Periodic Reporting for period 4 - AdLibYeast (Synthetic platforms for ad libitum remodelling of yeast central metabolism)
Reporting period: 2020-03-01 to 2020-08-31
Replacement of petrochemistry by bio-based processes is key to sustainable development and requires microbes equipped with outstanding, novel-to-nature capabilities. Constructing such advanced ‘cell factories’ requires large-scale remodelling of their core machinery, and therefore of their genome. However, microbes often harbour mosaic genomes in which thousands of genes are scattered over dozens of chromosomes. This absence of a modular organization tremendously restricts genetic accessibility and defies current technologies. To tackle this limitation we develop microbial platforms with specialized, interchangeable synthetic chromosomes that will enable the core machinery to be remodeled at will. Access to a sheer endless variety of configurations of core metabolism offers unique, new possibilities for fundamental understanding and rational engineering of microbes. Our research paves the way for a modular approach to engineering of microbial cells.
Work performed from the beginning of the project to the end of the period covered by the report and main results achieved so far
This project focused on the industrial and model yeast Saccharomyces cerevisiae, most commonly known as baker’s yeast. We developed new, CRISPR-based tools for fast and easy modification (editing) of the yeast genome, and for one-step addition of new functions using newly synthetized and specialized chromosomes. The major outcome of this project can be summarized along three key achievements. We focused on a set of ca 120 biochemical reactions that are essential for life and for the production of all industrially-relevant molecules, called central carbon metabolism (CCM). CCM converts sugars into bioethanol, organic acids and many other interesting bulk and fine chemicals. Out of these 120 reactions we demonstrated that a substantial fraction (ca. 35%) is not required for yeast growth in a broad range of environments. Thanks to this fundamental discovery the first achievement was the construction of yeast strains with simplified CCM, that can be more easily engineered. Secondly, we demonstrated the amazing ability of bakers’ yeast for one-step assembly of linear and circular chromosomes from pieces of DNA. Based on this technology, the second achievement was the implementation of synthetic chromosomes for fast and easy construction of new yeast cell factories equipped with novel capabilities. As demonstration, standard yeast was turned into an anthocyanin producer. Anthocyanins have many applications in the pharmaceutical and food industry compounds and are naturally produced by plants. Last but not least, our project focused on a metabolic pathway essential for all forms of life, including human, called glycolysis. This project developed tools for fast and easy swapping of yeast glycolysis by other variants. This work lead to the humanization of yeast entire glycolytic pathway. Demonstrating the remarkable ability of human glycolytic enzymes to replace their yeast homologue as individual enzyme and as entire pathway, this work provides a new humanized yeast model to study human glycolysis and its connection to many known diseases.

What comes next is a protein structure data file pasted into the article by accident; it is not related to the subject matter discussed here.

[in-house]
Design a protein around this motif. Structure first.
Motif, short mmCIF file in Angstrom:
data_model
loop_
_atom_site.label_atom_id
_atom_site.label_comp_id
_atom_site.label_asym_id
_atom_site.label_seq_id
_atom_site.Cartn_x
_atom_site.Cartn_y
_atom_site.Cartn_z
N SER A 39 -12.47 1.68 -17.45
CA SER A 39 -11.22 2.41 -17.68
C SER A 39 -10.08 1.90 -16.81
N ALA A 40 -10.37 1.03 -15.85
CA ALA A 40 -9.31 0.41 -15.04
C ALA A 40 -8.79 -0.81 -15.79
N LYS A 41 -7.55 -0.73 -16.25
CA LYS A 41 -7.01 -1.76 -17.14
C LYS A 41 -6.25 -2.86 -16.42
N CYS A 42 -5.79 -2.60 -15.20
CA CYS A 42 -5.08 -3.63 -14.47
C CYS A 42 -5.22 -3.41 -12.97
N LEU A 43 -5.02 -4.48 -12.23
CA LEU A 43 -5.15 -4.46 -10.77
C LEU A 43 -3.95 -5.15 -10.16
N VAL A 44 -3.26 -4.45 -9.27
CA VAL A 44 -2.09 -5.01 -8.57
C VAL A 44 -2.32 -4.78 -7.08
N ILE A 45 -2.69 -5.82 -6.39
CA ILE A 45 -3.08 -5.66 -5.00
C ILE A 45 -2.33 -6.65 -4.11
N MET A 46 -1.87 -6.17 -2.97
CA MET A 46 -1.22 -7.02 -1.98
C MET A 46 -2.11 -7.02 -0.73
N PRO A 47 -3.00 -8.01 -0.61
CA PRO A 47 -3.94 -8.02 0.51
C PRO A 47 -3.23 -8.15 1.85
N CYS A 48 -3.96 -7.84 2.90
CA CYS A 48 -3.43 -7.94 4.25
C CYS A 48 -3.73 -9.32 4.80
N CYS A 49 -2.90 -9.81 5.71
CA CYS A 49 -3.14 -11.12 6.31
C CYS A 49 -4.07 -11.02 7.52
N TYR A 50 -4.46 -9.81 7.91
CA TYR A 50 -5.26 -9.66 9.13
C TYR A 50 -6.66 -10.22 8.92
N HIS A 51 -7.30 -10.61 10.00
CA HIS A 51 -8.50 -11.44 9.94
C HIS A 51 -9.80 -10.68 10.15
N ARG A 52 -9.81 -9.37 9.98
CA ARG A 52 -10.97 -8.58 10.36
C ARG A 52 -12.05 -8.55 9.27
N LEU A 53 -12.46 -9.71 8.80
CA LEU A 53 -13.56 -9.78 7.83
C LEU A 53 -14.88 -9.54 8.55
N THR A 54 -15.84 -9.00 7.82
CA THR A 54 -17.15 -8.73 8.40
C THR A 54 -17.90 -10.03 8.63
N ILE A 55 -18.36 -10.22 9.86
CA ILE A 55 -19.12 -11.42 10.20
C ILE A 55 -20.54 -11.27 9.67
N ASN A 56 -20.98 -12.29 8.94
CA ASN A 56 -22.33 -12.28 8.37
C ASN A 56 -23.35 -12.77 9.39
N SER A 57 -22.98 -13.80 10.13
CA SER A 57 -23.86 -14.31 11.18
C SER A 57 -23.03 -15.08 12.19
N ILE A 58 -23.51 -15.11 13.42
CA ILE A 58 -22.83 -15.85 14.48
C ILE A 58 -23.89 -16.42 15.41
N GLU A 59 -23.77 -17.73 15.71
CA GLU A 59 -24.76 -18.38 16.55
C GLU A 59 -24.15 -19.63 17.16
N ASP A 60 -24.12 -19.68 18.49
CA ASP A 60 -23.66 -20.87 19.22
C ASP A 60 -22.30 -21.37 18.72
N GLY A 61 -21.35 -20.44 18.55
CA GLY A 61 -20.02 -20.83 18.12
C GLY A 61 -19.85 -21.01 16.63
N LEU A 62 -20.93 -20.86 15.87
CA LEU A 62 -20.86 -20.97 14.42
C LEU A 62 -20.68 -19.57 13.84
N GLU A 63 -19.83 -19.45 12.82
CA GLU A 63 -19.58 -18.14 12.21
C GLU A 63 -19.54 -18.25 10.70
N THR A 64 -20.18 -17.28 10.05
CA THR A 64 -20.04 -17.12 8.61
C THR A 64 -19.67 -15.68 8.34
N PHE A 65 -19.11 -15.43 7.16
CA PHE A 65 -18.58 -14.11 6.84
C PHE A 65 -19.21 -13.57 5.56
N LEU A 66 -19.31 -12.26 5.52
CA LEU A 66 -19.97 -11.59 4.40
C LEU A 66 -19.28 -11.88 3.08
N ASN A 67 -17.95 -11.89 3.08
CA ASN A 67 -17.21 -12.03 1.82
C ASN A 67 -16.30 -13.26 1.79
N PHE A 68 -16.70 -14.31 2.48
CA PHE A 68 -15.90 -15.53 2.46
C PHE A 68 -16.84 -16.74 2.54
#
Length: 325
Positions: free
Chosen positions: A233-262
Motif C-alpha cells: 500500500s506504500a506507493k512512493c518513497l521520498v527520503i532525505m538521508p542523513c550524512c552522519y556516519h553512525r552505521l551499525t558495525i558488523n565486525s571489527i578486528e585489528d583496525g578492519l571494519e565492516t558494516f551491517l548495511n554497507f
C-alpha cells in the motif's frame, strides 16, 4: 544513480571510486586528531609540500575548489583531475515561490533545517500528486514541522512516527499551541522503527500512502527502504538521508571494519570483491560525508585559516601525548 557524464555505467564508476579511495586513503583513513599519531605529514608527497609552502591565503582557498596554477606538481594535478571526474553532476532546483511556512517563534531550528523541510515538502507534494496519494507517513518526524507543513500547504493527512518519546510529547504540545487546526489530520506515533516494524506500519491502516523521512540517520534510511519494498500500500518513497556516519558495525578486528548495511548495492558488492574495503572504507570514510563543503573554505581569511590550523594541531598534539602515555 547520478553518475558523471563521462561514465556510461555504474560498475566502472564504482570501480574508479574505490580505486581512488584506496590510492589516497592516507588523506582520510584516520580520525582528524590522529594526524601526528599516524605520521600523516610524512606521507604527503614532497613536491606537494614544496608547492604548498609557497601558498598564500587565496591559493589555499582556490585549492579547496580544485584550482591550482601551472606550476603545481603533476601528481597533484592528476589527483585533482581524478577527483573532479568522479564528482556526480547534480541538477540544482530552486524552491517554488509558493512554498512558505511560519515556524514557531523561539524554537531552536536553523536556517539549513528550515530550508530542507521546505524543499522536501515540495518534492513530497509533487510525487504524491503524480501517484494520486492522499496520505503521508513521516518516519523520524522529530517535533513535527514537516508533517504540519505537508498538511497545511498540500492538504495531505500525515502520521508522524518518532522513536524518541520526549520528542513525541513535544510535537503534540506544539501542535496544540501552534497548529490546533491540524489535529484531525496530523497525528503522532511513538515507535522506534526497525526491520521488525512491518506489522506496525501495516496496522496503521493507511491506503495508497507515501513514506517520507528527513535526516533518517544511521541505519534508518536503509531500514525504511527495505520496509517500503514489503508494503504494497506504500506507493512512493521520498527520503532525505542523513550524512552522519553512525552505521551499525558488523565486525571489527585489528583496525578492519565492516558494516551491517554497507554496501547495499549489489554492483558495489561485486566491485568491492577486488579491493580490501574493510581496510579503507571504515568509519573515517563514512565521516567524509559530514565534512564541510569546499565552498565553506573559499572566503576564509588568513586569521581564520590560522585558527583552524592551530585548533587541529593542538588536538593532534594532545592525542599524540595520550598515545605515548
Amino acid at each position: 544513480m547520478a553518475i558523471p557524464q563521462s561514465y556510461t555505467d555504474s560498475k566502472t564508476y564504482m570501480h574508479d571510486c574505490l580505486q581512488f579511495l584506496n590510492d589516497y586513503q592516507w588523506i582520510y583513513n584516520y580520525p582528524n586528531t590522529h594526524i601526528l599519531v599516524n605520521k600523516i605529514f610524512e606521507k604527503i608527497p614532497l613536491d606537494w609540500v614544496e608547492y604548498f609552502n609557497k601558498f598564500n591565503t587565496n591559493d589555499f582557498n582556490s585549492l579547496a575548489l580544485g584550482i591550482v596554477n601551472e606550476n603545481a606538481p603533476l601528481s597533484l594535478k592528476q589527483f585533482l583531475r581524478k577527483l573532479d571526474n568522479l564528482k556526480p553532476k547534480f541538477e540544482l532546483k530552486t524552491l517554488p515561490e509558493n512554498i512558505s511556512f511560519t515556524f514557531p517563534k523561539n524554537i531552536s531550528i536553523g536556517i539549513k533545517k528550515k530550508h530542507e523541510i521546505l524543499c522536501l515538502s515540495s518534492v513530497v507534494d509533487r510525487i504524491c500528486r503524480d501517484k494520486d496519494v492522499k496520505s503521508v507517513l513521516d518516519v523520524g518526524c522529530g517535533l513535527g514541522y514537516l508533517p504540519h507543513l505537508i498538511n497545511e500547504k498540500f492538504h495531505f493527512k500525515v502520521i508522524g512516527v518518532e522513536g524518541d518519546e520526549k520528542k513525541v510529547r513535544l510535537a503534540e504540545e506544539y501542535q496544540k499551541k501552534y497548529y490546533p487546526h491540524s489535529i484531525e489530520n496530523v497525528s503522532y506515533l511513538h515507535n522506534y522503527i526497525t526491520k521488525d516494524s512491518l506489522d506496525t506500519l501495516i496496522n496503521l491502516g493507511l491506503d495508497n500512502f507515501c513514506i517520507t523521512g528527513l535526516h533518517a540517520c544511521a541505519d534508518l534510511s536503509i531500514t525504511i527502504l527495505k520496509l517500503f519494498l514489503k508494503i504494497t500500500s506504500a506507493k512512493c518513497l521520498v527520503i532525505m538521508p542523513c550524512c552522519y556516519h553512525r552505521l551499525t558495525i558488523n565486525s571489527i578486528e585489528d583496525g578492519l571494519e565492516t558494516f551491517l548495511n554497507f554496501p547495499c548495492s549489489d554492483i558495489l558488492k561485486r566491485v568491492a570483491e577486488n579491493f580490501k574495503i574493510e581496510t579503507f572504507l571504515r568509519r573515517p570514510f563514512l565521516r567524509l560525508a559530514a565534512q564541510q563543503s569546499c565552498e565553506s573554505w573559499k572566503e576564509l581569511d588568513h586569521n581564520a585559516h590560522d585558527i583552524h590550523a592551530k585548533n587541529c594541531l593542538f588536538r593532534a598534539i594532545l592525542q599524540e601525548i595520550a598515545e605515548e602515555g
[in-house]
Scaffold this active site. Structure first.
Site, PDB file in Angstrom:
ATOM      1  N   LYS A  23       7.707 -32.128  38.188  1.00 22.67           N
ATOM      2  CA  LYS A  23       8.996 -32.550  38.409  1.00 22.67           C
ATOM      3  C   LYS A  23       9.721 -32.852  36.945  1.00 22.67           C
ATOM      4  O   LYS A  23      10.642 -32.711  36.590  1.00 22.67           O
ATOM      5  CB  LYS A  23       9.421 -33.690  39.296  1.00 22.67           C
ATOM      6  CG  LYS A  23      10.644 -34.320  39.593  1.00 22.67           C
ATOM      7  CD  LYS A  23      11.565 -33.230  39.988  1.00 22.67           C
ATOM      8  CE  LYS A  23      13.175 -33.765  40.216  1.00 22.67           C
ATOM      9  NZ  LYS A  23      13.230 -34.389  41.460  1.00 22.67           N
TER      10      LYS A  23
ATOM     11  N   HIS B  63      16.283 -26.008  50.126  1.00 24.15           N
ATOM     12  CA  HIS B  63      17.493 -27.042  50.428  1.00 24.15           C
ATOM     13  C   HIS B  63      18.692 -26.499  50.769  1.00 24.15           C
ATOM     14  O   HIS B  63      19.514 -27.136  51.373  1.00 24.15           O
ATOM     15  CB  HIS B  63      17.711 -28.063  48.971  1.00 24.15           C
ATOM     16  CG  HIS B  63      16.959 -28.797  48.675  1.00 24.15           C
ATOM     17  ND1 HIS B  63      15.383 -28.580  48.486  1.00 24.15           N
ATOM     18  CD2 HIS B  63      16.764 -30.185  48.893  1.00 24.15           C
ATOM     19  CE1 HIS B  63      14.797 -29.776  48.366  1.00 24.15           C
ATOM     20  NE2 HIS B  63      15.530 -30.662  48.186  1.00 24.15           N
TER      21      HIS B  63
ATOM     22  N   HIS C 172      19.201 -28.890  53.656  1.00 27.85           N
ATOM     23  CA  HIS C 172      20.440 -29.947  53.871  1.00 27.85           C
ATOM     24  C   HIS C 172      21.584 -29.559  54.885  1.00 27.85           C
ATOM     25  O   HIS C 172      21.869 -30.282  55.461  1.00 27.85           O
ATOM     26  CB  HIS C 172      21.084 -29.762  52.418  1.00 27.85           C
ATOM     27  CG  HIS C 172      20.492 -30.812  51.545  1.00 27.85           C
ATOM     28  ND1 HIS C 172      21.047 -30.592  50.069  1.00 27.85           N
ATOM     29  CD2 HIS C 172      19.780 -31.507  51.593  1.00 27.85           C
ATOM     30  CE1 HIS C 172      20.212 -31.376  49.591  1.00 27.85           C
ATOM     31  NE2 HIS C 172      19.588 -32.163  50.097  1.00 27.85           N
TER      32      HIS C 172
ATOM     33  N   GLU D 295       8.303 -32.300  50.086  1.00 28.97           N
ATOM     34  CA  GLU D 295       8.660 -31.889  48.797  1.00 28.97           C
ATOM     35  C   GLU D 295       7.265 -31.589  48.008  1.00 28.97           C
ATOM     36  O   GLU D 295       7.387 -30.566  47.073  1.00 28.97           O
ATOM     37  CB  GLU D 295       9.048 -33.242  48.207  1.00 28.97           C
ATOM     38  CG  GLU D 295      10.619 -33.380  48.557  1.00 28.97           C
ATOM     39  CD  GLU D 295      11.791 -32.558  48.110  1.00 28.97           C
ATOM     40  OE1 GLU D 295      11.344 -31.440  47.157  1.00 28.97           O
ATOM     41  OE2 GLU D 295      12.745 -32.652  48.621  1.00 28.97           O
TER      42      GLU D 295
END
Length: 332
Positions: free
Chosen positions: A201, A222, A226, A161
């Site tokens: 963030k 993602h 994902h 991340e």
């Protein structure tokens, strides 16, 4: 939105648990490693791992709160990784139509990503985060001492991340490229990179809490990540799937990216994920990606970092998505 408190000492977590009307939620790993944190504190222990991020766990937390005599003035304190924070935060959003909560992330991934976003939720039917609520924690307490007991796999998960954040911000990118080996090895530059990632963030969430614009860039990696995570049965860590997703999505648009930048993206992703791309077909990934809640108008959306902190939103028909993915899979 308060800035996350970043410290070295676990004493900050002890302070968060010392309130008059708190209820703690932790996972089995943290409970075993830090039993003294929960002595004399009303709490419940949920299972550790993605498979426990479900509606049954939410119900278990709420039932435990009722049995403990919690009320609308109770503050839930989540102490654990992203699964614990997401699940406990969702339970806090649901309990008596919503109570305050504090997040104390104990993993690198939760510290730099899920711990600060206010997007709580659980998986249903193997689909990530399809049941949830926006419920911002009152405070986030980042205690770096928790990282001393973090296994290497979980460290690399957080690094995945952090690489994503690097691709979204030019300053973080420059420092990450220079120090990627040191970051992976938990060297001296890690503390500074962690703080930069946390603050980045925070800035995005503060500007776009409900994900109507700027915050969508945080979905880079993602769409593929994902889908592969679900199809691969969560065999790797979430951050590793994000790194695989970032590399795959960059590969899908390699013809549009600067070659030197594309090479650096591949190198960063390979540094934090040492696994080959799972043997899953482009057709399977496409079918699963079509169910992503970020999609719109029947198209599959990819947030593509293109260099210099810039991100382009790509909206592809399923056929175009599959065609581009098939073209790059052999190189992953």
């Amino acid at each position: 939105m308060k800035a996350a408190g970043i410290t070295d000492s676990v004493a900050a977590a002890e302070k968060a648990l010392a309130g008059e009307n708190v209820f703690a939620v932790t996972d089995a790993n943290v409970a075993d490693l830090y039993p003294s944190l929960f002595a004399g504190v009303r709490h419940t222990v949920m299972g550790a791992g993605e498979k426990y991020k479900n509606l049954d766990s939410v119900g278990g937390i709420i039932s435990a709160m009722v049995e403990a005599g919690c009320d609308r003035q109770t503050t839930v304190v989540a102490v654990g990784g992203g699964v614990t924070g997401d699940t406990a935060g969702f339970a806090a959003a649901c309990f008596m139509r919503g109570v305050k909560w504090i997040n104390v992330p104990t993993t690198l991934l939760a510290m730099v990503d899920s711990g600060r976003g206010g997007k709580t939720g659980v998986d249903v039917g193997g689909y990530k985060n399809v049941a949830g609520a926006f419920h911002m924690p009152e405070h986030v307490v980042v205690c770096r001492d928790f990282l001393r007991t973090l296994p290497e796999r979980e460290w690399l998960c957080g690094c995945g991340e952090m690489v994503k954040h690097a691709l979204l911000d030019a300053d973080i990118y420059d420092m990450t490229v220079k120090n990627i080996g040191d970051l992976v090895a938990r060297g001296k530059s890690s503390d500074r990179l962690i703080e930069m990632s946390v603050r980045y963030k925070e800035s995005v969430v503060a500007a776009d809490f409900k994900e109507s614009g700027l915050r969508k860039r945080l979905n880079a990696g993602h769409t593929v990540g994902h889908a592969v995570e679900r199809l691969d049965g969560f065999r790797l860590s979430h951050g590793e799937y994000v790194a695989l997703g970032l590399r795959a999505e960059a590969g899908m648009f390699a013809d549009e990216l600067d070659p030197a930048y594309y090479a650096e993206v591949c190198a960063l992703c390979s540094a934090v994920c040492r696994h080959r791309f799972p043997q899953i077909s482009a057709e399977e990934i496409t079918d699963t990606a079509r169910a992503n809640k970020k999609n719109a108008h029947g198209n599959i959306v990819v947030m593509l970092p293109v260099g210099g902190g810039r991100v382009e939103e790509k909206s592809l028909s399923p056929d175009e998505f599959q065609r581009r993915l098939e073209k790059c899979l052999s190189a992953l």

Progress beyond the state of the art and expected potential impact (including the socio-economic impact and the wider societal implications of the project so far)
This project therefore produced new molecular tools, new yeast (model) strains and new fundamental insight, spurred by technological advances in DNA and chromosome engineering. This research paves the way for a modular approach to engineering of microbial cells.